All Change, Please

What the new government in New Zealand means for infra, by Stephen Selwood, chief executive, Infrastructure New Zealand

A newly elected centre-left coalition of the Labour, Greens and New Zealand First parties has immediately signalled a change of direction for private capital in infrastructure.

The previous National-led conservative government successfully developed New Zealand’s design, build, finance, operate, maintain (DBFOM) outcomes-focused PPP model. It rolled out the first transport, schools and prison PPPs and had announced the first hospital PPP.

The new government has ruled out a PPP for Dunedin Hospital and it is not clear that PPPs will be considered for any social infrastructure.

Uncertainty now surrounds the viability of this PPP market given the country’s small size and limited pipeline.

However, it is much more accurate to say that the opportunities for private capital have shifted, rather than slowed.

The new government has prioritised urban development and, especially, delivery of new housing.

New homes need roads, water, public transport and community facilities. The bodies charged with delivering these services in New Zealand – local councils – are under-resourced and fiscally constrained.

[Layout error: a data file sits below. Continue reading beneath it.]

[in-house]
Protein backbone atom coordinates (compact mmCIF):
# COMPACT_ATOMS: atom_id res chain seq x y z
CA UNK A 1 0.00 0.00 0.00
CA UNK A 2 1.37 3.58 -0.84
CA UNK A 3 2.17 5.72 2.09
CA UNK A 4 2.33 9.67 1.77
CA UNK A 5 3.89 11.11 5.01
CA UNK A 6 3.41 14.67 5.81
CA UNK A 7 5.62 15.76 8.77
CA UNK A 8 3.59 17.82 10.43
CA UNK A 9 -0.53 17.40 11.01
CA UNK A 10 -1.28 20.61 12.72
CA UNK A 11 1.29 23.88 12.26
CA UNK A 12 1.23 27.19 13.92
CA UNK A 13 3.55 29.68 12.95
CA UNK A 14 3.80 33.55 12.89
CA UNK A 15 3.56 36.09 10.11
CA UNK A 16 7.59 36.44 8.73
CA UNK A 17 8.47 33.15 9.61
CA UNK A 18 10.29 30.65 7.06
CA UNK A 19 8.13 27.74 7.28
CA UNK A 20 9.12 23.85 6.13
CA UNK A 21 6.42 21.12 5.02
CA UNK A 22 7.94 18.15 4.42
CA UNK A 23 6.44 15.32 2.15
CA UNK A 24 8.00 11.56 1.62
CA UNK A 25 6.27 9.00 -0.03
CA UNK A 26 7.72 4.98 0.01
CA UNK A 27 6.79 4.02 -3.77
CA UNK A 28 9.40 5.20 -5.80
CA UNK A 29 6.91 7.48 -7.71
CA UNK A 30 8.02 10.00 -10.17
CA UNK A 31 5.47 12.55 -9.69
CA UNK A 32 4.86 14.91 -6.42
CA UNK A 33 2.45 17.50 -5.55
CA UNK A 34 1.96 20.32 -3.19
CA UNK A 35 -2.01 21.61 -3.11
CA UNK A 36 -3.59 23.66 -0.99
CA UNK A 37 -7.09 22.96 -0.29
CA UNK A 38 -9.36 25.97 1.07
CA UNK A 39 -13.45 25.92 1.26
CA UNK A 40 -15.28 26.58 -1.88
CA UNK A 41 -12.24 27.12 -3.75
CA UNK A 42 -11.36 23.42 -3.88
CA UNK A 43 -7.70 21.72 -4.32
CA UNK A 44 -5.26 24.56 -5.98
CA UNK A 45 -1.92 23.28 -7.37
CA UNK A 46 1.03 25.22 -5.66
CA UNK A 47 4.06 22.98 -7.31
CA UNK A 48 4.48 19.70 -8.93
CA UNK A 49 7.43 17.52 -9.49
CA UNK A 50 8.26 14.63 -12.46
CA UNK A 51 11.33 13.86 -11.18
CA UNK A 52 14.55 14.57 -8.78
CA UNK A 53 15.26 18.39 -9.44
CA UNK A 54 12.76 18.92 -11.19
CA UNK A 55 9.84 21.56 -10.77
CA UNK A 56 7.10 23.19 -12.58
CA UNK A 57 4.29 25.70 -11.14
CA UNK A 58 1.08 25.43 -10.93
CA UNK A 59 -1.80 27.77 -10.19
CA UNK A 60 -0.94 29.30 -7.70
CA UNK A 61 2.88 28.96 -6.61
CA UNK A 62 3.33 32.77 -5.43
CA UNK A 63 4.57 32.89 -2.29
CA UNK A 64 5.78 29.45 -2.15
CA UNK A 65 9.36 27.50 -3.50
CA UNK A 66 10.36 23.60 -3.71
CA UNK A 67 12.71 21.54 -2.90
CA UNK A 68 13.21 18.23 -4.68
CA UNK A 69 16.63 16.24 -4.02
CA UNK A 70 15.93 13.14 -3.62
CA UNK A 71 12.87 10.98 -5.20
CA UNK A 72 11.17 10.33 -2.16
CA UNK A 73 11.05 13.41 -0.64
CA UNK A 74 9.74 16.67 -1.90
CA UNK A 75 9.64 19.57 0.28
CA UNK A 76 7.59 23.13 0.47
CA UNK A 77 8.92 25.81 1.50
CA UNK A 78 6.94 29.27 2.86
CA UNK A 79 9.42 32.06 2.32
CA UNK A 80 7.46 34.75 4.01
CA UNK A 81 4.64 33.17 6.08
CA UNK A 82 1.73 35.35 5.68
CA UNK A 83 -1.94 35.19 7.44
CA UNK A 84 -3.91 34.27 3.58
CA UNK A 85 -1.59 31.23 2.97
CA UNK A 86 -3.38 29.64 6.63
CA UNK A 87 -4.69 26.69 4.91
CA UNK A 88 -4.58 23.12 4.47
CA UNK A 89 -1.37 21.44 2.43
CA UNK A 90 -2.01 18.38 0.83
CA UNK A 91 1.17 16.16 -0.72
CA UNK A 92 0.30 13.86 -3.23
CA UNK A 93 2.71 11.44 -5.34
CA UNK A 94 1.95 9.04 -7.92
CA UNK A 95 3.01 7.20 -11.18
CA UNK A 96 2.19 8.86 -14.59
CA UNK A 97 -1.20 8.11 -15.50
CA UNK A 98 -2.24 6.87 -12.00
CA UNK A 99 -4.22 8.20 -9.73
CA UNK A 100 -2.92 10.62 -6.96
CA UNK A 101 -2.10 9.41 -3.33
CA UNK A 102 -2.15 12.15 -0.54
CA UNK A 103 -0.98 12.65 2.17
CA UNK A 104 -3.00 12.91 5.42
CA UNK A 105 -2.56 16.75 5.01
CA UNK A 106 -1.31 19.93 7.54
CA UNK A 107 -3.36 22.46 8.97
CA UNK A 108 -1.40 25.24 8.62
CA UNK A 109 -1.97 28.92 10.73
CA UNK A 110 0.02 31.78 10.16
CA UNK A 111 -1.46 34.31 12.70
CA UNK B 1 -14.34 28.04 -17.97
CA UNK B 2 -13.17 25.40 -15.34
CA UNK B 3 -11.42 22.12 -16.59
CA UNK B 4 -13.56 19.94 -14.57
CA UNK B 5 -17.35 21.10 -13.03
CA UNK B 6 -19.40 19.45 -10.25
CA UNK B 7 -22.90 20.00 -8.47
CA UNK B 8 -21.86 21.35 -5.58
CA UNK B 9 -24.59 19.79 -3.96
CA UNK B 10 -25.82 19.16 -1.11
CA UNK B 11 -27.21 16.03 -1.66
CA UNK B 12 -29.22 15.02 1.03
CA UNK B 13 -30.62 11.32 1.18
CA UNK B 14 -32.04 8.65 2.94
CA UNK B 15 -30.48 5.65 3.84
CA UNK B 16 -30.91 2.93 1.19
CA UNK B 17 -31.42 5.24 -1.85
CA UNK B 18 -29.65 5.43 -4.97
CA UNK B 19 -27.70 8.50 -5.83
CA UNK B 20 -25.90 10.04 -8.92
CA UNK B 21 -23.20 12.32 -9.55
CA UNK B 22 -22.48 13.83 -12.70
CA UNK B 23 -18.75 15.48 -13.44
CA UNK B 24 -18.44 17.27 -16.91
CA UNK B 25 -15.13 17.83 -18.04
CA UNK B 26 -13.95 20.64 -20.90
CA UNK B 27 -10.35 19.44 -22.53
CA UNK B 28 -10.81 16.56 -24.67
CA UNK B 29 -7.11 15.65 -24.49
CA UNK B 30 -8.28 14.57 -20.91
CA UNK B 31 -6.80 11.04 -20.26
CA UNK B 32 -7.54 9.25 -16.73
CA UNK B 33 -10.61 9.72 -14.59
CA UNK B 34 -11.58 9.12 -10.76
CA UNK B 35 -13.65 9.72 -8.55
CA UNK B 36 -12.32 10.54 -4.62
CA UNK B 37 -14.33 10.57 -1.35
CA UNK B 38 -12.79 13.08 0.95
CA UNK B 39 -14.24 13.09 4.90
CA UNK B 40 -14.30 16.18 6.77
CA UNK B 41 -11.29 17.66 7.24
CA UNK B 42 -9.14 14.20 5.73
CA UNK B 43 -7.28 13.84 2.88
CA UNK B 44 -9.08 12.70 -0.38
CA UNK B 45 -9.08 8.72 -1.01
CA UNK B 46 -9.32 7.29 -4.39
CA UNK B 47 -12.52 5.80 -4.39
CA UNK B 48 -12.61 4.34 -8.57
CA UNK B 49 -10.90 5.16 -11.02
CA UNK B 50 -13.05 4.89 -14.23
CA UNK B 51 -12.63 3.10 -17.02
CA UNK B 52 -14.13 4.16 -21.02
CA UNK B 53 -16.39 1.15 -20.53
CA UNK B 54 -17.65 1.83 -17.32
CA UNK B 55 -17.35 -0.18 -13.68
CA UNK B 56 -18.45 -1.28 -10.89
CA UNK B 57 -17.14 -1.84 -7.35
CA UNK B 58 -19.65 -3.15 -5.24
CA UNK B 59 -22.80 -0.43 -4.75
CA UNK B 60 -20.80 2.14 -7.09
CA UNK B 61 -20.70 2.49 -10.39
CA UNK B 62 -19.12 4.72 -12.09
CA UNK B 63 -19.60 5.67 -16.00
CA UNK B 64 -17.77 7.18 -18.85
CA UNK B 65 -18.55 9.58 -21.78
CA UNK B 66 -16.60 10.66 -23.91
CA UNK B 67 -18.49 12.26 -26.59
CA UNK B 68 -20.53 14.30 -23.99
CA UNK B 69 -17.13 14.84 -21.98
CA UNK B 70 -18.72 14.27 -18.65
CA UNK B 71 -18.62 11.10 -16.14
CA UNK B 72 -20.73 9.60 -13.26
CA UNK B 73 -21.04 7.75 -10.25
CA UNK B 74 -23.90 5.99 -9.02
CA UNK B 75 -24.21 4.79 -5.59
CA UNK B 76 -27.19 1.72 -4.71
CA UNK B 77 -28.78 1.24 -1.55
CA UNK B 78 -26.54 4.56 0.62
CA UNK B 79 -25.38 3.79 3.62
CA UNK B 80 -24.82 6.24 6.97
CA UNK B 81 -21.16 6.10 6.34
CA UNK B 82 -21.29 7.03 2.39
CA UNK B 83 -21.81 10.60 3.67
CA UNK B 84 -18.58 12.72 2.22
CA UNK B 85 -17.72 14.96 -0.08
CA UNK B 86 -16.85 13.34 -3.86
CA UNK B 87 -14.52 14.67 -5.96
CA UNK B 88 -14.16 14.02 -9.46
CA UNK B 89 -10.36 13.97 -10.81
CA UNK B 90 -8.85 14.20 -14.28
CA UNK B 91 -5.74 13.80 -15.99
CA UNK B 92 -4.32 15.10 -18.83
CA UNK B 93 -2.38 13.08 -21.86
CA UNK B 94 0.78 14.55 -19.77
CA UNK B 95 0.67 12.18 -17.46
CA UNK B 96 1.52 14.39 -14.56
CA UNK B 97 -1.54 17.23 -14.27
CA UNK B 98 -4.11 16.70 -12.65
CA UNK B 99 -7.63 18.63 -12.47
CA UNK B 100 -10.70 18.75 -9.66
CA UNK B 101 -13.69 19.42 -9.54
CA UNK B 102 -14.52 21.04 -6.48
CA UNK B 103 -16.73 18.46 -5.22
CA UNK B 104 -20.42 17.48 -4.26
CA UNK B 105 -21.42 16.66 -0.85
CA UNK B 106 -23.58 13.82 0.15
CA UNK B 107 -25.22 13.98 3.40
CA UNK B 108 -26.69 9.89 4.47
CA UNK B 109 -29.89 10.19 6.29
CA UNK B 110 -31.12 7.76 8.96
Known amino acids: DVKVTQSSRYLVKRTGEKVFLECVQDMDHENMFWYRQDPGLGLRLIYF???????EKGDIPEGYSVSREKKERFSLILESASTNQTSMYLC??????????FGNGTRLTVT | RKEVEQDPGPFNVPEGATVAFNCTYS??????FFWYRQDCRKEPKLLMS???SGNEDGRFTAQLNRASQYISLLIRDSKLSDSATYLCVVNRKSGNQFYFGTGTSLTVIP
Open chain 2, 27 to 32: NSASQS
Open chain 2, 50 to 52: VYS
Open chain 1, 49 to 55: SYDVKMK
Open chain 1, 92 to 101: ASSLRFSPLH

Private capital will be required to unlock land and infrastructure for housing and to build new homes.

The economy in New Zealand is strong and people are willing to pay. There is large and urgent demand for market housing, there just aren’t the homes available in the range that Aucklanders, in particular, can afford. The country’s biggest city is short of 40,000 homes and is currently building half the 14,000 needed annually. The main issue is the cost of land in the built-up metropolitan area, but also significant is the absence of modern home manufacturing techniques.

Private investment, which enables development at scale by unlocking and servicing Auckland’s plentiful land and which underwrites major housing prefabrication facilities, is required.

Interestingly, the new government looks not only open to this idea but motivated to enable it.

The big challenge before officials and the market is, “how?”

The allocation of development risk, financing responsibilities for major infrastructure and new funding tools will all be up for review over coming months.

Major opportunities can be expected for domestic and international partners with the capability to deliver and a long-term investment horizon.